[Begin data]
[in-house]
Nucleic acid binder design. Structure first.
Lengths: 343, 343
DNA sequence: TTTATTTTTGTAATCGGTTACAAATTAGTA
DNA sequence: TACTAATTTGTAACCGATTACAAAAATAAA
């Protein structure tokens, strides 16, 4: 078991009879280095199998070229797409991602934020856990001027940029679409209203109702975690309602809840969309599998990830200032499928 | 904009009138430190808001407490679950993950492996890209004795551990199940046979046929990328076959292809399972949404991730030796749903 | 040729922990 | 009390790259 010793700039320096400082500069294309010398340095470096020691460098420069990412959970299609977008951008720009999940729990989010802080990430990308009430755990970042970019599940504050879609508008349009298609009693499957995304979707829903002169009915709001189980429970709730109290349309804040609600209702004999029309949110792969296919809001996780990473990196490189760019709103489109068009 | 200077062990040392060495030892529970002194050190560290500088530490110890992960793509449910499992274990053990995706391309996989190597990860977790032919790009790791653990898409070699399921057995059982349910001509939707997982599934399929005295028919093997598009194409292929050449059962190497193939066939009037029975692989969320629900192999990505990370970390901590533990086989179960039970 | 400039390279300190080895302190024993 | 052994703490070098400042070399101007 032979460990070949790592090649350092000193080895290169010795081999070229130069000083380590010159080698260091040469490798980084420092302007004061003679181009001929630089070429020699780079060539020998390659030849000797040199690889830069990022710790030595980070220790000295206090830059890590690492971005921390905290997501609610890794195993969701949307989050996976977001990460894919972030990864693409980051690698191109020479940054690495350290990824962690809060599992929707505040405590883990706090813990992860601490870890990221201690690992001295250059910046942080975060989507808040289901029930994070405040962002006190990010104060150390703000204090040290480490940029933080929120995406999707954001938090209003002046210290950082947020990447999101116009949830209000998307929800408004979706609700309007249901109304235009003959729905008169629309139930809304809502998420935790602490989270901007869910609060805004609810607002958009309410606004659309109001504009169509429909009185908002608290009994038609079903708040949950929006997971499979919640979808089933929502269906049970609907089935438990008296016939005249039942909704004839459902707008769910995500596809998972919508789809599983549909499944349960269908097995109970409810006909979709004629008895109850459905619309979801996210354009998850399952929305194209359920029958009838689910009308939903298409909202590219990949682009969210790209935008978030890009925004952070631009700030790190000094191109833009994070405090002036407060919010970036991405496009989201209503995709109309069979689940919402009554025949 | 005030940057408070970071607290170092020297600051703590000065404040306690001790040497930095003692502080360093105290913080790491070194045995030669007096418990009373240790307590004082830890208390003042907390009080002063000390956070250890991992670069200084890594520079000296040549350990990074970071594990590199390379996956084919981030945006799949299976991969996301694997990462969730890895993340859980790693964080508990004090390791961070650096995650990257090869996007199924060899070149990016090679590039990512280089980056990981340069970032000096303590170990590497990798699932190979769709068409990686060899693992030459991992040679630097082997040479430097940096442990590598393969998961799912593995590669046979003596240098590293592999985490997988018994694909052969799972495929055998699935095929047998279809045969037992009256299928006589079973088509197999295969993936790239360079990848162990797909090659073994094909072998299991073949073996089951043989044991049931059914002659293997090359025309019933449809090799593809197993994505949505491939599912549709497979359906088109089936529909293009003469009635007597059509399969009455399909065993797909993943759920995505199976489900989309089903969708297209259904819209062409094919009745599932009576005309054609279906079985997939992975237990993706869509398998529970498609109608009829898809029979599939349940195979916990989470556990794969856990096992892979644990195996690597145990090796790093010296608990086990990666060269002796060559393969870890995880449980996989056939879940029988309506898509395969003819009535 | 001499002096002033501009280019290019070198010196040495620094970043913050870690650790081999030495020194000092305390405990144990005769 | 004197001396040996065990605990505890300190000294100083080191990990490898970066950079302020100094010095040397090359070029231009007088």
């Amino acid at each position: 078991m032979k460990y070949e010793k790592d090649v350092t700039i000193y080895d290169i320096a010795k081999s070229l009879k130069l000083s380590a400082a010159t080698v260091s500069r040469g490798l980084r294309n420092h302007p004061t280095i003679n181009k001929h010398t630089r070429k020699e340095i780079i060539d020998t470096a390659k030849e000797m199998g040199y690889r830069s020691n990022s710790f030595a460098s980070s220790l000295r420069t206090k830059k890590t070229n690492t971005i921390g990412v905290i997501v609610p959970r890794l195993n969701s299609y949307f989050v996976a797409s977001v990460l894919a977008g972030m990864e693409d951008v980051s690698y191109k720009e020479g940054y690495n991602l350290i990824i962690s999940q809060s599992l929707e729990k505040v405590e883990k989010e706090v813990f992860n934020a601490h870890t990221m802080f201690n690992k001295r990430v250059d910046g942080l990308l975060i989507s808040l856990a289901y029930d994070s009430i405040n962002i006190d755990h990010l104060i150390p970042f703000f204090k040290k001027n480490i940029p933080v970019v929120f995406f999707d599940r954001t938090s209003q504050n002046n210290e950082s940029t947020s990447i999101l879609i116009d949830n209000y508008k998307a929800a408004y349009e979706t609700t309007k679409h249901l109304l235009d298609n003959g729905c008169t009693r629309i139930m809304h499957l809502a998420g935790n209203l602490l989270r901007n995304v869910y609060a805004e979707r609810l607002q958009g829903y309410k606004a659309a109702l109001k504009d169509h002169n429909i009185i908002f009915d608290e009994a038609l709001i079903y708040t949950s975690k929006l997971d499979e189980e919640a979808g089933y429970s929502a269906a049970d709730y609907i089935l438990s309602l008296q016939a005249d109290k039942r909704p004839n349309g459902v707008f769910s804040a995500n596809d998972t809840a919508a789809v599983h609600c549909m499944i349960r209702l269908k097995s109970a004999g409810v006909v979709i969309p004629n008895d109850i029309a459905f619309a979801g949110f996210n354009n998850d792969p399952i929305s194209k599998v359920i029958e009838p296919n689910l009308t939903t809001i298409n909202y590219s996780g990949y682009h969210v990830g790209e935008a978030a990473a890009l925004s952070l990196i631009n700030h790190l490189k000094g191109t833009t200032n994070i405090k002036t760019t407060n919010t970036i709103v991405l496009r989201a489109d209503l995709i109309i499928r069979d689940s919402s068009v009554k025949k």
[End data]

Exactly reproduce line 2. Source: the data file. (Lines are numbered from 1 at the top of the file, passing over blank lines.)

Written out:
Nucleic acid binder design. Structure first.